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Blame it on Bede.

SIR - The confusion regarding the change of name from Cardiganshire to Ceredigion is par for the course of Cambrian history.

Your correspondent Mr Hughes has Cunedda as a non-hero. Cunedda, his eight sons and his grandson, came to Cambria (Wales) to clear out the Scotti invaders (Irish) in order for the legitimate High King 'Constantine the Blessed' to return from exile.

On completion of that task, using Ketgueli/Cetueli/Kidwelly as his base for West Cambria, his sons were given individual territories with Dunawd (Dunod) getting the major portion of Demetea (now Carmarthenshire and Pembrokeshire), and Ceredic getting the remainder that then became Ceredigion (the territory of Ceredic).

Introducing Hengist and Kent points to where the confusion began. The monk Bede misnamed Keynt/Ceint as Kent even though such a name did not exist at the date of the battle in which Catygern (battle leader) was killed in AD 450 (traditionally AD 456).

Other writers then confused Catygern with Ceredic and with Cyndeyrn (Keynt y gern in Goedel, ie. leader of Ceint). Cyndeyrn from Ceint (named as St Kentigern from Scotland, by Jocelyne in 12th-13th Century) came to Caerleon in AD 522 (traditionally 542). Ceredic came to Demetea cAD 410.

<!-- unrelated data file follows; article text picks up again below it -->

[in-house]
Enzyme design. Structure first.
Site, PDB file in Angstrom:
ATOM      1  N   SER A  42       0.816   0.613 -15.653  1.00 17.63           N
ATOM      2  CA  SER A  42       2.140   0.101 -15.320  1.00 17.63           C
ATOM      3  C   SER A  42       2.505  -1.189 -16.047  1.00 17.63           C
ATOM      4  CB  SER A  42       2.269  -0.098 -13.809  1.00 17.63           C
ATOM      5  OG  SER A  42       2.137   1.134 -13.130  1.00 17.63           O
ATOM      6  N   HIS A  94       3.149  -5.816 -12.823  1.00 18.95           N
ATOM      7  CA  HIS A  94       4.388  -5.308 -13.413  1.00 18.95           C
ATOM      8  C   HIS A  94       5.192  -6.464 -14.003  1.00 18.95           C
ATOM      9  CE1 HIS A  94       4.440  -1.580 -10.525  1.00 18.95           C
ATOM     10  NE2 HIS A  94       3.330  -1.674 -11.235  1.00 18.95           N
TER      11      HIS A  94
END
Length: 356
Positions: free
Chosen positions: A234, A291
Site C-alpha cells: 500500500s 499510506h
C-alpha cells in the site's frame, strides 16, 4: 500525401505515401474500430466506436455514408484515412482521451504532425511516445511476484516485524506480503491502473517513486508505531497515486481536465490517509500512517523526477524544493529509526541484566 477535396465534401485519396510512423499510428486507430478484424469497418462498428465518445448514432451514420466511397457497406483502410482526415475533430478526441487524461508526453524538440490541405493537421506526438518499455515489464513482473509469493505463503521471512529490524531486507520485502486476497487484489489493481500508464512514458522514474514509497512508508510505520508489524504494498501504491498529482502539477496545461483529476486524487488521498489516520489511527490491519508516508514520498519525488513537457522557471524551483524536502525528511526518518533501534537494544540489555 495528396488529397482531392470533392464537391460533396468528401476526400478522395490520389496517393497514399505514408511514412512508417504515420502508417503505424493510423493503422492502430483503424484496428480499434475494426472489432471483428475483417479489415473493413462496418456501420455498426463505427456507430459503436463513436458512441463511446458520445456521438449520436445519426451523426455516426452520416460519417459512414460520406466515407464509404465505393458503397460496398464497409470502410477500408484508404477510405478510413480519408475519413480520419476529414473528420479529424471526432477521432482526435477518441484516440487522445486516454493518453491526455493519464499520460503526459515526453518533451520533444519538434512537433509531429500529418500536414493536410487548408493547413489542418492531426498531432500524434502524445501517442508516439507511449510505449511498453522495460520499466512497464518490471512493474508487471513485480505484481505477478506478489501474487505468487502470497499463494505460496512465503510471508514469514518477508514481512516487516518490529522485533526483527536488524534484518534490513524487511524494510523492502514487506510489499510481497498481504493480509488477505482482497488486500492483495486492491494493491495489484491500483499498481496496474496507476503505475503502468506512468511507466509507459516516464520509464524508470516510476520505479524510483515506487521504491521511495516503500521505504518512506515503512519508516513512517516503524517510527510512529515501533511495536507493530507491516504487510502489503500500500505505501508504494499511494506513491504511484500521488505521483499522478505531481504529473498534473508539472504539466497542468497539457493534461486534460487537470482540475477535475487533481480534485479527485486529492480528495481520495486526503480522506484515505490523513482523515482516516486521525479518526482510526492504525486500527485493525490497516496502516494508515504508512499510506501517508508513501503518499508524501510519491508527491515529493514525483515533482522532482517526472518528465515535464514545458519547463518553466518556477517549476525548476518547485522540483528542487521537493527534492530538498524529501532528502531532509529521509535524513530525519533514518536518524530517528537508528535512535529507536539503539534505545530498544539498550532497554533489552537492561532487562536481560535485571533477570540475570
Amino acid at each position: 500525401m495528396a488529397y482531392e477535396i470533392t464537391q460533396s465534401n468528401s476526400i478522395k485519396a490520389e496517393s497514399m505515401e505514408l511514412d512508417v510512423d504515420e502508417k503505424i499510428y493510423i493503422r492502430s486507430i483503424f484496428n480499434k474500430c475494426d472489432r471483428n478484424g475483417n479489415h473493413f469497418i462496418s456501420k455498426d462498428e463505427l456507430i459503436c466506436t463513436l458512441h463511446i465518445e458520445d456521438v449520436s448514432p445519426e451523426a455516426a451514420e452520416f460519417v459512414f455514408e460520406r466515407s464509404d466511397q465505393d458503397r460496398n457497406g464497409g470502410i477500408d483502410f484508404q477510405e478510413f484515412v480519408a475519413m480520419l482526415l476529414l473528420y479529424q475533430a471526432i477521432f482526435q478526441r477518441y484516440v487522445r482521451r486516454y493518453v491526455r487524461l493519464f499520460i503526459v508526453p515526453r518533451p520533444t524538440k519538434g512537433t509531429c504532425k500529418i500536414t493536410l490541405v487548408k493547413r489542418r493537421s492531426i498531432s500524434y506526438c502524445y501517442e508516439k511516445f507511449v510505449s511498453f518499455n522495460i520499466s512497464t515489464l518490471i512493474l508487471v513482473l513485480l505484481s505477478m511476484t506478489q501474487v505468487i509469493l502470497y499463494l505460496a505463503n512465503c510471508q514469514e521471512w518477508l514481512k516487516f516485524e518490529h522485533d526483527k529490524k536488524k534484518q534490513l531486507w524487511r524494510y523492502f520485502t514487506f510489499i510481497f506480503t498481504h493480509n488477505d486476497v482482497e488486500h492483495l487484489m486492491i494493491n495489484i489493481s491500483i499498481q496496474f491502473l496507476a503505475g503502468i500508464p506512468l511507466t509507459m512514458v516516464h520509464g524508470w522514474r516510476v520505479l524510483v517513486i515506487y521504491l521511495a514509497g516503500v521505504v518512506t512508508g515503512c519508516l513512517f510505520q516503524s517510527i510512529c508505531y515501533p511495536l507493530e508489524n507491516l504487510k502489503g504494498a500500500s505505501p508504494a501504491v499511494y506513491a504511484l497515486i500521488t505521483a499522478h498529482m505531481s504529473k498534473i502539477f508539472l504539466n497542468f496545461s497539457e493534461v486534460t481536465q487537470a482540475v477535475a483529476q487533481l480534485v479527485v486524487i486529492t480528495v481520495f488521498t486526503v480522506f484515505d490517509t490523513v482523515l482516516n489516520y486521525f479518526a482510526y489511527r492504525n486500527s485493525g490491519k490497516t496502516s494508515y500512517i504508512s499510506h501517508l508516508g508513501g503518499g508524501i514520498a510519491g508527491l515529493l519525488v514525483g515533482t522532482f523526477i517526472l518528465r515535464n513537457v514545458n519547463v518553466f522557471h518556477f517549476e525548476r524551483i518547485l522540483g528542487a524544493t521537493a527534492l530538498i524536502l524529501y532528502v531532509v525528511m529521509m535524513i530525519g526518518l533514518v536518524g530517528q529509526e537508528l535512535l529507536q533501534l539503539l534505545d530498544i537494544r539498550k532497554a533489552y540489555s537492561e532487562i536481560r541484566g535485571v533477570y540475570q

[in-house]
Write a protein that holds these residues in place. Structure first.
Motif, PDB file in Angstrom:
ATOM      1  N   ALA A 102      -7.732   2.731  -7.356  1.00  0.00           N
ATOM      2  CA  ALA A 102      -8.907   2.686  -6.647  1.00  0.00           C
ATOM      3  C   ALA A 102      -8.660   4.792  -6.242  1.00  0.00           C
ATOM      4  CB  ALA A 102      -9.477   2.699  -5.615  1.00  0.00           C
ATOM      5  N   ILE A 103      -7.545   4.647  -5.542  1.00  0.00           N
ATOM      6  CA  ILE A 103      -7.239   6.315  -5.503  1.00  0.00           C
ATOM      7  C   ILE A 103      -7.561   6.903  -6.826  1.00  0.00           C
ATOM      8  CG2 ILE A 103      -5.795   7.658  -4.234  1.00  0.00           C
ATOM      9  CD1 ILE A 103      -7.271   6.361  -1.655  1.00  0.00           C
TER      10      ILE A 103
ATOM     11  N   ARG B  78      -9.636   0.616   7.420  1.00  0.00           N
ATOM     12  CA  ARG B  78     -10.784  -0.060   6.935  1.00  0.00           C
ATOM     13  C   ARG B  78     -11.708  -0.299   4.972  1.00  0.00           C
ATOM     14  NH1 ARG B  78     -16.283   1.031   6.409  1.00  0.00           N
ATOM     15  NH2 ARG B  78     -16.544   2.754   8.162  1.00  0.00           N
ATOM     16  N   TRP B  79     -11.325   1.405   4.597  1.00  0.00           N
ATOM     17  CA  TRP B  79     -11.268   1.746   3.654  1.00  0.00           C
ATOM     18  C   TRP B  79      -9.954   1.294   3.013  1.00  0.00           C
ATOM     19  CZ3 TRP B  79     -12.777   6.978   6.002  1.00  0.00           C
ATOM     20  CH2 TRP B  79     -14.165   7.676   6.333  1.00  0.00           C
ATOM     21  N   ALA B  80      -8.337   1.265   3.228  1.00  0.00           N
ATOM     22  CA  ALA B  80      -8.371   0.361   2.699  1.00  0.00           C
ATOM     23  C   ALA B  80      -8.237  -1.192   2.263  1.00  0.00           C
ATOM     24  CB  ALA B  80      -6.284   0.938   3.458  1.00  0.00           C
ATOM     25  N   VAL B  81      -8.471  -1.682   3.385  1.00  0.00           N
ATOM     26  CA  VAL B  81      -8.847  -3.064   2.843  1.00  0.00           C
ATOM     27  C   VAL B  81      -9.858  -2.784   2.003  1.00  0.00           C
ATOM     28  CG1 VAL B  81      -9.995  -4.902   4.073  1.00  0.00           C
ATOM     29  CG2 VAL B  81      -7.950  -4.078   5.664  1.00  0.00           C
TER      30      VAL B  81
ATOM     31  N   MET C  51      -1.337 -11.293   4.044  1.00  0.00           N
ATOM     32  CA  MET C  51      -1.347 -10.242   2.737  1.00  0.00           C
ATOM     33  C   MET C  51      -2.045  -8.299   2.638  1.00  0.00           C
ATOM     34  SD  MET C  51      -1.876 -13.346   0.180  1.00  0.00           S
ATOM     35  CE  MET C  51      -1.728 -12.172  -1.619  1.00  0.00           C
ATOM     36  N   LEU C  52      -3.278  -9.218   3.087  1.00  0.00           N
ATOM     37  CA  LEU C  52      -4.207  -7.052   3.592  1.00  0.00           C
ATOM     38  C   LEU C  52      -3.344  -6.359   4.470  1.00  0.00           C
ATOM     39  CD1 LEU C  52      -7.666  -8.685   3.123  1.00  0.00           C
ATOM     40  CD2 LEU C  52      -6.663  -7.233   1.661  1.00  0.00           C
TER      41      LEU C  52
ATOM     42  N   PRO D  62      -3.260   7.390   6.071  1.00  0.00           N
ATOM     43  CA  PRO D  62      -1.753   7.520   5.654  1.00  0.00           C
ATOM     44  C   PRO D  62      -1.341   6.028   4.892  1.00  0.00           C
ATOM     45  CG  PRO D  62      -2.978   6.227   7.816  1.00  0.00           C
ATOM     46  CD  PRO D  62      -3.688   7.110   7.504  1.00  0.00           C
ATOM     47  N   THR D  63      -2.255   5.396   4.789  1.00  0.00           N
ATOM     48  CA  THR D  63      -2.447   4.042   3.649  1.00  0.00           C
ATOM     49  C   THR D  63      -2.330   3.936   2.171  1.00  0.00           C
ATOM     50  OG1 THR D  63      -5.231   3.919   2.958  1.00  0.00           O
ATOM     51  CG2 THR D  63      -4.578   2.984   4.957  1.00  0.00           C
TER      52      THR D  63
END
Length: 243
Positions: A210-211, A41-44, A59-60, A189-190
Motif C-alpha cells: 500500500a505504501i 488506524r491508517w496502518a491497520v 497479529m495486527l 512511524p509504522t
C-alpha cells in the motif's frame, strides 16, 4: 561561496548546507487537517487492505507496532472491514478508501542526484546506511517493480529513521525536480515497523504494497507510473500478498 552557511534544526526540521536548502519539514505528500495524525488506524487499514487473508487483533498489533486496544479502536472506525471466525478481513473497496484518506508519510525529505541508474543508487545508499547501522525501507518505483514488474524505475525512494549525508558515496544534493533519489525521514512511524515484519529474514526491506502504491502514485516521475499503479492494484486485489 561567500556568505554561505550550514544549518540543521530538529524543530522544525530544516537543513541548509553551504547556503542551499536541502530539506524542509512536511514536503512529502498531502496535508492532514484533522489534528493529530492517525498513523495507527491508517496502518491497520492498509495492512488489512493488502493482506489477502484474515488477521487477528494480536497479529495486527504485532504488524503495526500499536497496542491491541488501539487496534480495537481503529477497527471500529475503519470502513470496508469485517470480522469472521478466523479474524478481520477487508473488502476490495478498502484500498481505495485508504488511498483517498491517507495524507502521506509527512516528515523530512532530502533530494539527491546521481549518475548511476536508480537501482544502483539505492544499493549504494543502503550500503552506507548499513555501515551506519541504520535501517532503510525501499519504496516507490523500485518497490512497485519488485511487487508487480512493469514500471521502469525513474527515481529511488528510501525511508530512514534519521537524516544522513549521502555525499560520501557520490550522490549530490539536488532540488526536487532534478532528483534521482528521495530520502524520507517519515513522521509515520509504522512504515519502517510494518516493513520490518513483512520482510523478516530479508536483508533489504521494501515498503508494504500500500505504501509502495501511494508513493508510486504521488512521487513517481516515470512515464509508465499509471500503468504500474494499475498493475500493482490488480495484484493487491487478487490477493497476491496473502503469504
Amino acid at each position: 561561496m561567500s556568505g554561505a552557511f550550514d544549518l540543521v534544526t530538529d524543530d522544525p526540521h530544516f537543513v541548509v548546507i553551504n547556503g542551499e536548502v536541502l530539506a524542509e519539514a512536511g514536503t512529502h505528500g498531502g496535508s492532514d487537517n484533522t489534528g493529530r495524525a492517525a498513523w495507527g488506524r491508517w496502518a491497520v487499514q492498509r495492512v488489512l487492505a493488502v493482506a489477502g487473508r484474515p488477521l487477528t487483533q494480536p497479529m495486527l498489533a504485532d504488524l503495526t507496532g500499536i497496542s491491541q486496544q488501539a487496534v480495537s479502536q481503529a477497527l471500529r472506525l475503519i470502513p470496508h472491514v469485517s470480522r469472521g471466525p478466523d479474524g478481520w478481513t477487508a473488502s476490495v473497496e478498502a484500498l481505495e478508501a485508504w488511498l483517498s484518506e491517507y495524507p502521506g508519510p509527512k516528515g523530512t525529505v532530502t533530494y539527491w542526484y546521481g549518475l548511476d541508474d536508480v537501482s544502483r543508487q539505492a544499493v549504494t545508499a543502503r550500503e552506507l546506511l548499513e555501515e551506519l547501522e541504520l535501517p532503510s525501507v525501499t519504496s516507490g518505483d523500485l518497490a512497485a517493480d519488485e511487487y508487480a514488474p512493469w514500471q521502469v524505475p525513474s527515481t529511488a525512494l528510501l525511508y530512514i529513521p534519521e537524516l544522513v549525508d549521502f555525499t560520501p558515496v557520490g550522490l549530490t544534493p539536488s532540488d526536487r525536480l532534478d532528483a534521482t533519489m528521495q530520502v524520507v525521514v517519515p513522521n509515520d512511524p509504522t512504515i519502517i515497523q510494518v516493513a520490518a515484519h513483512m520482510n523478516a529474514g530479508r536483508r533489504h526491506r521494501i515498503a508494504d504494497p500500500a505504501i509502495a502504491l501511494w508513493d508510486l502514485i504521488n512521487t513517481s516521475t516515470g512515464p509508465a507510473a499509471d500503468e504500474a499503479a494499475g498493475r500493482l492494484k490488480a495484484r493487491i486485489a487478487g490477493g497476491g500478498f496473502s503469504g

'Keynt', in the Goedel Celtic language (Gaelic), and 'Ceint' in the Brython (Welsh) Celtic language, extended eastward from the River Wye.

Bede similarly moved Shropshire and Cheshire (Bryneich and Deifr, in Latin Bernicia and Deira) to Northumbria, which Saxon territory did not exist at the time of the actions in those territories.

BRIAN WILLIAMS

Ferrar Street, Carmarthen
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Title Annotation:Features
Publication:Western Mail (Cardiff, Wales)
Date:Aug 2, 2005
Words:257
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